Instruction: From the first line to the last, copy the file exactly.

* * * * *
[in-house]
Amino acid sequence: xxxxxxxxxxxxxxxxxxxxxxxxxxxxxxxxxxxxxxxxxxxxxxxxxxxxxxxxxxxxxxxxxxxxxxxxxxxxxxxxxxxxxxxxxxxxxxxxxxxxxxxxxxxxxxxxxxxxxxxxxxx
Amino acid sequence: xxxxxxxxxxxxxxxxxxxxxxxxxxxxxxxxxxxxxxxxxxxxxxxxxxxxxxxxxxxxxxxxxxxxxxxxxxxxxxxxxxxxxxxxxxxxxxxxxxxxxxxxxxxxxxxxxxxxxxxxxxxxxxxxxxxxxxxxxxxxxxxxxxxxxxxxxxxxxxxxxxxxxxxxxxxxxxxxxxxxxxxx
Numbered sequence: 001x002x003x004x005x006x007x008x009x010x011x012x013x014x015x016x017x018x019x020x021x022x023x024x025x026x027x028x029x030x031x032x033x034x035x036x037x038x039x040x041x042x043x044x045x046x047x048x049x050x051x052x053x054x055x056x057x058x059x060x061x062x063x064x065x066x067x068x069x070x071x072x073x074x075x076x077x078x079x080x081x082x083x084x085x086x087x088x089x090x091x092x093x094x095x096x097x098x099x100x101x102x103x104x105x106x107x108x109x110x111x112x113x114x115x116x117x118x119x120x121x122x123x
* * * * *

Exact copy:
[in-house]
Amino acid sequence: xxxxxxxxxxxxxxxxxxxxxxxxxxxxxxxxxxxxxxxxxxxxxxxxxxxxxxxxxxxxxxxxxxxxxxxxxxxxxxxxxxxxxxxxxxxxxxxxxxxxxxxxxxxxxxxxxxxxxxxxxxx
Amino acid sequence: xxxxxxxxxxxxxxxxxxxxxxxxxxxxxxxxxxxxxxxxxxxxxxxxxxxxxxxxxxxxxxxxxxxxxxxxxxxxxxxxxxxxxxxxxxxxxxxxxxxxxxxxxxxxxxxxxxxxxxxxxxxxxxxxxxxxxxxxxxxxxxxxxxxxxxxxxxxxxxxxxxxxxxxxxxxxxxxxxxxxxxxx
Numbered sequence: 001x002x003x004x005x006x007x008x009x010x011x012x013x014x015x016x017x018x019x020x021x022x023x024x025x026x027x028x029x030x031x032x033x034x035x036x037x038x039x040x041x042x043x044x045x046x047x048x049x050x051x052x053x054x055x056x057x058x059x060x061x062x063x064x065x066x067x068x069x070x071x072x073x074x075x076x077x078x079x080x081x082x083x084x085x086x087x088x089x090x091x092x093x094x095x096x097x098x099x100x101x102x103x104x105x106x107x108x109x110x111x112x113x114x115x116x117x118x119x120x121x122x123x